Your strategy of using two JS scripts per view, one site-wide and one page-specific is interesting. I wonder how to test the performance to really determine the value. Maybe look at time-to-render?
Then I have an application level CSS&JS that has everything generic in it. This is for a reasonably big app, so the overhead of having a single CSS/JS isn't insignificant - particularly when supporting mobile devices.
The other useful thing is a I as a dasherized version of the controller name and action to the body tag - as an id and a class respectively. So the body tag is something like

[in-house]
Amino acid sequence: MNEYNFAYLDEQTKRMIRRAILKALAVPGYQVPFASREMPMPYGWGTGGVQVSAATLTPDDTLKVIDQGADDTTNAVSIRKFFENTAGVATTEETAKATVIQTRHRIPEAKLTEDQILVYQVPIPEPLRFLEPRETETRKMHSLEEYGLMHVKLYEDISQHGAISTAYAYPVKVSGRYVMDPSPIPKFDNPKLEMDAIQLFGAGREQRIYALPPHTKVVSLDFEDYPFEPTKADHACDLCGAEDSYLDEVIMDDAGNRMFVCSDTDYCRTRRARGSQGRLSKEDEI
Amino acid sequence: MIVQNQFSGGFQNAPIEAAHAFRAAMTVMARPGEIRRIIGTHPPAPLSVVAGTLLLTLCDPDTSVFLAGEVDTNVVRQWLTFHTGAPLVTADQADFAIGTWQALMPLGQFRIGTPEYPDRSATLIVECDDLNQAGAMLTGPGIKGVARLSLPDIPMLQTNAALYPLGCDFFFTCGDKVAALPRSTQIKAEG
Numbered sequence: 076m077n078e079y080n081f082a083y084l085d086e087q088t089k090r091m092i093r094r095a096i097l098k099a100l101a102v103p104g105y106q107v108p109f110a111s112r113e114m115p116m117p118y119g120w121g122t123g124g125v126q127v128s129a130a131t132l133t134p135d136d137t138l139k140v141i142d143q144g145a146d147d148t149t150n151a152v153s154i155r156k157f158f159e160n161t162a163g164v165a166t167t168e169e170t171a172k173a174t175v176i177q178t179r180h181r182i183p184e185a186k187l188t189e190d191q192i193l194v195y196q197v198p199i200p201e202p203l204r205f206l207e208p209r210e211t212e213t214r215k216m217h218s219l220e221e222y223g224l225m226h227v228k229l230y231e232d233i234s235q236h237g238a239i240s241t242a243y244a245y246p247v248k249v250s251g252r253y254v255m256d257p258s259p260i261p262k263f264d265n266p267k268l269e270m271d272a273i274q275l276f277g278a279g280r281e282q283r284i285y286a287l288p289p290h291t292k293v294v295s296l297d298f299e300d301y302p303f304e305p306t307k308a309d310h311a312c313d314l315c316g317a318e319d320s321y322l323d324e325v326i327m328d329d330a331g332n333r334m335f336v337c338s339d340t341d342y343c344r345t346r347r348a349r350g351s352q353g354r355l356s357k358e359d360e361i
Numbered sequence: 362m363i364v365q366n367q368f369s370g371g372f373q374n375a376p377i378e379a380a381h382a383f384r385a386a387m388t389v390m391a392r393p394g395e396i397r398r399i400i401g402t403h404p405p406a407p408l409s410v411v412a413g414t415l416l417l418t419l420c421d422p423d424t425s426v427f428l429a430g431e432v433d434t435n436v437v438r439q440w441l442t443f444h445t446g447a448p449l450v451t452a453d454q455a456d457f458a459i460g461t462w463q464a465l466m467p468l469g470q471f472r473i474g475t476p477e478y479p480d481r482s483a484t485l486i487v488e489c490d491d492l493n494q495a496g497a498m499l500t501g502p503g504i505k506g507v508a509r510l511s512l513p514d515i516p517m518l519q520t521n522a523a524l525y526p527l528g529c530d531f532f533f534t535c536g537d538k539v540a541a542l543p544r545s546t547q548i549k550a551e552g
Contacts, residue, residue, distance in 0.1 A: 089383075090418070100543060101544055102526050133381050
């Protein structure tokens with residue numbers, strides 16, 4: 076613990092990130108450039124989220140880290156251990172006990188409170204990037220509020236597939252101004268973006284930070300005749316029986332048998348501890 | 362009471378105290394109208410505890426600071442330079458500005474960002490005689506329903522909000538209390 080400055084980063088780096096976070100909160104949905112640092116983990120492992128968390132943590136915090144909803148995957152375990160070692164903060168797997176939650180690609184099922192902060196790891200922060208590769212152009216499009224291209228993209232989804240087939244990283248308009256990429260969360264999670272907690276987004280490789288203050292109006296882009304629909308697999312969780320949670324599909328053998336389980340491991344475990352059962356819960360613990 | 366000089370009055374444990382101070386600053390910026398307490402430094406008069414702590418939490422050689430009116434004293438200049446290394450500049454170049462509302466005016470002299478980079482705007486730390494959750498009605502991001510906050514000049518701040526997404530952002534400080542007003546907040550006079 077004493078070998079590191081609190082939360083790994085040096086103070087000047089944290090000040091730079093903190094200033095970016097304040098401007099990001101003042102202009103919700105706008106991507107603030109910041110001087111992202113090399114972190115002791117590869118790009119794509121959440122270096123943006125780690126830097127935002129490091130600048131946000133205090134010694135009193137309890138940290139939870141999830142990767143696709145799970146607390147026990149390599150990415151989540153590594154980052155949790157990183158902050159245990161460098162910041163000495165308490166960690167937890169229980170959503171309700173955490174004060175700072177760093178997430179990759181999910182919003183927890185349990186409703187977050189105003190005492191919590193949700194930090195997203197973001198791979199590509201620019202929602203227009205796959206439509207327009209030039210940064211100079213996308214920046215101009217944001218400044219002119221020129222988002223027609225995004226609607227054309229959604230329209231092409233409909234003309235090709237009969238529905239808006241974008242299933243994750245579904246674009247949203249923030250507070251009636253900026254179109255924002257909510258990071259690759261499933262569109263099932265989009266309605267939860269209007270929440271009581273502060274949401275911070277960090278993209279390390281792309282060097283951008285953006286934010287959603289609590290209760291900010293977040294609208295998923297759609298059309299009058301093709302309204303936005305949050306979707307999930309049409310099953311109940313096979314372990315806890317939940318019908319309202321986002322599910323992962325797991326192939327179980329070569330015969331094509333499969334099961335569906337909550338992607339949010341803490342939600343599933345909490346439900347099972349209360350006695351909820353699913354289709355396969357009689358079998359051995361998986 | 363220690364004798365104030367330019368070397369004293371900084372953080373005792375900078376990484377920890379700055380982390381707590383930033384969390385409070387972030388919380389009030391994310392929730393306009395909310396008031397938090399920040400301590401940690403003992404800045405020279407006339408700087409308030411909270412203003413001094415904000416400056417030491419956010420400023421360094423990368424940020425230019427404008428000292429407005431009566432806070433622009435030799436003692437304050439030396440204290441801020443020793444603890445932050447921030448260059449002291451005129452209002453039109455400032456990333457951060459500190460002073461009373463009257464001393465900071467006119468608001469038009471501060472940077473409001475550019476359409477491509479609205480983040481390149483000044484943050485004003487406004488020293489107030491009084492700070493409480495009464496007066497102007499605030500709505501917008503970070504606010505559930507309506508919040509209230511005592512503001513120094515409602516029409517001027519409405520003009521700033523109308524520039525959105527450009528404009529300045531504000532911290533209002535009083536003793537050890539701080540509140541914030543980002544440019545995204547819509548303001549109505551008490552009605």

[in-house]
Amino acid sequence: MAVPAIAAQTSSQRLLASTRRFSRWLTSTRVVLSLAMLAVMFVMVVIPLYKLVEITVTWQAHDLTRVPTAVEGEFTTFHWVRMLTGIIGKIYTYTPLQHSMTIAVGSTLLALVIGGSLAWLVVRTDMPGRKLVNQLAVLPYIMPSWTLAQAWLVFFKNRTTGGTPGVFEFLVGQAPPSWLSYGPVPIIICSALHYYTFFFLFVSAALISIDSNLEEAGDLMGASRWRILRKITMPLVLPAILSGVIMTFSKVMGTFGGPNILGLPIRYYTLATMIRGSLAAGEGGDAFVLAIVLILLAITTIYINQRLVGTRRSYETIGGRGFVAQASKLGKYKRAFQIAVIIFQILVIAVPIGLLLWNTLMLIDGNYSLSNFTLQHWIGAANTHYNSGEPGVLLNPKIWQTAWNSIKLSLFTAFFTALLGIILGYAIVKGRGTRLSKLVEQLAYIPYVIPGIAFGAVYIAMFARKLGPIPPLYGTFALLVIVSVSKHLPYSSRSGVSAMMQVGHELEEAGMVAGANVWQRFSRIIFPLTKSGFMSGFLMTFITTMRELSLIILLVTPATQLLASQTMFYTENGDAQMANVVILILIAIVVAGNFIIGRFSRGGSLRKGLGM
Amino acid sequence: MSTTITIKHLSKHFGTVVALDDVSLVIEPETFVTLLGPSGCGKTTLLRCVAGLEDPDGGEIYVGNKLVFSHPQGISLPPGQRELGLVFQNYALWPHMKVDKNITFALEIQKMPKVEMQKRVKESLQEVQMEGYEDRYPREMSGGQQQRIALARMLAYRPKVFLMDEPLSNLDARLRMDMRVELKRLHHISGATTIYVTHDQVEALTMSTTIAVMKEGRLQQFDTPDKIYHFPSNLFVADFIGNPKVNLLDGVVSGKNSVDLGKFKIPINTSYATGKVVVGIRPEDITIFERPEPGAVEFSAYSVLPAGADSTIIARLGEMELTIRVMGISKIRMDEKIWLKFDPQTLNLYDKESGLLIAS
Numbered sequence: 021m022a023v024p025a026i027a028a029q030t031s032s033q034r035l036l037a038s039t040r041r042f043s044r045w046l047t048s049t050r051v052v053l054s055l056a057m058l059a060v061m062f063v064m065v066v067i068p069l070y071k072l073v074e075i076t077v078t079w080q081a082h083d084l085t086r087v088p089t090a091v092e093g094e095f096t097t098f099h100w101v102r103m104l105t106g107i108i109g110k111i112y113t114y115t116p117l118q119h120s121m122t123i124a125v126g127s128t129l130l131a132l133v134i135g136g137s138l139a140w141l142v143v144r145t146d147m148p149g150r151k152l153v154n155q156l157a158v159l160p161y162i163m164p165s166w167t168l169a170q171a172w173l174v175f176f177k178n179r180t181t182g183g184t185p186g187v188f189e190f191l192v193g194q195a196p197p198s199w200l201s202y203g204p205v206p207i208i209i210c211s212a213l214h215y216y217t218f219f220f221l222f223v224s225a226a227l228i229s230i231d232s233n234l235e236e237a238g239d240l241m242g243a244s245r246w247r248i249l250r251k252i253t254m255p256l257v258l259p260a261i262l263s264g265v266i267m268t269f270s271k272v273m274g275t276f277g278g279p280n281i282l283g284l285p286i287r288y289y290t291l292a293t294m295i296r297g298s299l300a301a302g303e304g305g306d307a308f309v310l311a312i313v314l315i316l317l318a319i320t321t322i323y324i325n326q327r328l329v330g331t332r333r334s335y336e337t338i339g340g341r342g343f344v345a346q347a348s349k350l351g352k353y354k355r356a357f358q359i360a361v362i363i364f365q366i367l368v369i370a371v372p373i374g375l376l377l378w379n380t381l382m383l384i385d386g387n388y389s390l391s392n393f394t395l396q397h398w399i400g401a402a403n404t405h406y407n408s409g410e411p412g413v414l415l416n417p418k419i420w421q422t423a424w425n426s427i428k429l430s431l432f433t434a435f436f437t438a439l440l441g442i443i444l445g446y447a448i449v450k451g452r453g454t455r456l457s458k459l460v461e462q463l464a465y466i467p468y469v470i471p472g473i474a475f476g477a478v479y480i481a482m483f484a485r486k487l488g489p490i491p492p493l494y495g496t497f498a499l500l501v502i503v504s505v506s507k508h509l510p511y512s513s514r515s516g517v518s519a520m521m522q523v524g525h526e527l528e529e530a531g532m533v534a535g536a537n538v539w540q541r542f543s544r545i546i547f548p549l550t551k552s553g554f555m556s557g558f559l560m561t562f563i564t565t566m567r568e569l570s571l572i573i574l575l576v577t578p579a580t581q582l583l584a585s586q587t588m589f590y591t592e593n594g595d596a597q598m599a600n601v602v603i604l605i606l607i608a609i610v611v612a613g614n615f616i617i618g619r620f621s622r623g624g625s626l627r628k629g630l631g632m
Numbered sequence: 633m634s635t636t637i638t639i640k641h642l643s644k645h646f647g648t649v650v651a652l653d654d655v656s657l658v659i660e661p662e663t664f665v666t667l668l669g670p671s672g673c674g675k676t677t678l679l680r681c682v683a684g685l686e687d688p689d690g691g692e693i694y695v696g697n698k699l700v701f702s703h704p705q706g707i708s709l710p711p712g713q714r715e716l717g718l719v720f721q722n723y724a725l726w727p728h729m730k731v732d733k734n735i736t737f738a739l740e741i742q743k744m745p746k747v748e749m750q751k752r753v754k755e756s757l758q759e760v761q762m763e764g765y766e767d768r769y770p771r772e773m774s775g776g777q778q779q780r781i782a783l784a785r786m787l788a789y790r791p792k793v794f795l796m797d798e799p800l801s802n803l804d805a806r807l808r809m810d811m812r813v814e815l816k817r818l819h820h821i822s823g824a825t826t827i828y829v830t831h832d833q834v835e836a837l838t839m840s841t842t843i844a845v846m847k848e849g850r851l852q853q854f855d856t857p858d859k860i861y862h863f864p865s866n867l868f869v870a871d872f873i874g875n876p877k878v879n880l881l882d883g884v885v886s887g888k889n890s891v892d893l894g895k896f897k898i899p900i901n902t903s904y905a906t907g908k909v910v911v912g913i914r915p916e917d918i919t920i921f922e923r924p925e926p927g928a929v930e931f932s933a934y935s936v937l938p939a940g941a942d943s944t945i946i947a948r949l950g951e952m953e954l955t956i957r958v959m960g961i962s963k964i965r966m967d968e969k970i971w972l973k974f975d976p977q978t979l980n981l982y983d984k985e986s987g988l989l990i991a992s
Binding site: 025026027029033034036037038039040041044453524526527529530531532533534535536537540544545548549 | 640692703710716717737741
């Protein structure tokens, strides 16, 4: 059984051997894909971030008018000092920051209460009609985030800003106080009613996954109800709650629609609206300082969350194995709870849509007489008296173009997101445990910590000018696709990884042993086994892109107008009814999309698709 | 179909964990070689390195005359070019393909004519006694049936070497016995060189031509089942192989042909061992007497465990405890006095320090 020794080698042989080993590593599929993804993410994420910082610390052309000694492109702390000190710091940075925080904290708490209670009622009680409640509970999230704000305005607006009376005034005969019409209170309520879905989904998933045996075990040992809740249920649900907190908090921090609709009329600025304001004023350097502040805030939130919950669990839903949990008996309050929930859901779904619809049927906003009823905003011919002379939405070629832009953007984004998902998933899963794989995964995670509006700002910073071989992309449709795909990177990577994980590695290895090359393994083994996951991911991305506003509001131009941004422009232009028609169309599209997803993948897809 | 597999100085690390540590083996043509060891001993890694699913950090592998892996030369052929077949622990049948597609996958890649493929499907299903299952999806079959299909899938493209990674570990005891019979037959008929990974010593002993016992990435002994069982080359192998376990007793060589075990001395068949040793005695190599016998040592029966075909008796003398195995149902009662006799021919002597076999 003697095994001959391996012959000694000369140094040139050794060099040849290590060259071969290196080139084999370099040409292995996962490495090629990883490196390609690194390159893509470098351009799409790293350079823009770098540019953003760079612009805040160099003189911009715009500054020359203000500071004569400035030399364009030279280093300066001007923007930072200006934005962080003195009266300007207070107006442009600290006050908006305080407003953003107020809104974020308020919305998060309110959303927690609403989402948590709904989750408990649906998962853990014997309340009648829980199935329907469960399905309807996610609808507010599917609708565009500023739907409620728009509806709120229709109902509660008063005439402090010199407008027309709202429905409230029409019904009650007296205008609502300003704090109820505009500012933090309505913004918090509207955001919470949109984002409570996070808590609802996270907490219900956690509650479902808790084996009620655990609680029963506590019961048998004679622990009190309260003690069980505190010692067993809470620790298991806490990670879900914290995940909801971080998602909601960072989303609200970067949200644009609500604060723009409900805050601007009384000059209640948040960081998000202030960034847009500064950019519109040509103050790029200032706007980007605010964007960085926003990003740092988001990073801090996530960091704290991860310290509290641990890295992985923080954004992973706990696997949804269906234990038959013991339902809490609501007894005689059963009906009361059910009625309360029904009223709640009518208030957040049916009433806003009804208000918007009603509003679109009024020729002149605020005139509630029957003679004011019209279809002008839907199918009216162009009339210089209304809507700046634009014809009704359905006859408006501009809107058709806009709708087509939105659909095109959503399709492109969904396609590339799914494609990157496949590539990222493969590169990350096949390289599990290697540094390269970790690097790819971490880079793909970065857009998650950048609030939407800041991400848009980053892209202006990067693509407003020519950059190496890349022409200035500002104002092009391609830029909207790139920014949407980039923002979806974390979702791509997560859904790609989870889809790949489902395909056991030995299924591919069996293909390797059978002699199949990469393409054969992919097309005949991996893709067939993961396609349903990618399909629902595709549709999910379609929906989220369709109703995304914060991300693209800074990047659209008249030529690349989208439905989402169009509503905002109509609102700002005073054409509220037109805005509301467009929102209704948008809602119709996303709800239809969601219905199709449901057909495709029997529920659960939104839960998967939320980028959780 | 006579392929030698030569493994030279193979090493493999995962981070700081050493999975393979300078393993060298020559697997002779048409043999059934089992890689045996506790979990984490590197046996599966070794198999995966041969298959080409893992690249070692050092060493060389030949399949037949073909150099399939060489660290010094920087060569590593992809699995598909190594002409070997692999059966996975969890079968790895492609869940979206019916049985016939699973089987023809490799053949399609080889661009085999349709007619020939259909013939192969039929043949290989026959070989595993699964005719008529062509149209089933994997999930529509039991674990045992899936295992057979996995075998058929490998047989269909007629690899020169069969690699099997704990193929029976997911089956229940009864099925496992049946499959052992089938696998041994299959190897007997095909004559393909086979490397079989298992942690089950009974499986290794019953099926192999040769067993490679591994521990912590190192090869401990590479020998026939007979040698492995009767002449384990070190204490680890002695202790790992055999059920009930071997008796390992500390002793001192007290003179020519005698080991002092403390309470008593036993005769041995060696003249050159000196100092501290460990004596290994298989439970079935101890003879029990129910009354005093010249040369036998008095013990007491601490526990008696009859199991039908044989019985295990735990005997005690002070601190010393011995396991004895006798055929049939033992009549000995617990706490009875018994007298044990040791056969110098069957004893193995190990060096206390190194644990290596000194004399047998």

<body id='my-controller' class='show'>
These constructs are to be used sparingly -- you don't want to mash everything together too much -- but they're very handy when used right.
One other optimization you may want to talk about in your next article is to use a gem like the asset_sync gem to upload your assets to S3 or CloudFront (or similar) at compile time.
On these occassions the hit to download JQuery (or something big like JQueryUI) is zero.
This is more a consideration for a landing page than a heavy-use application though.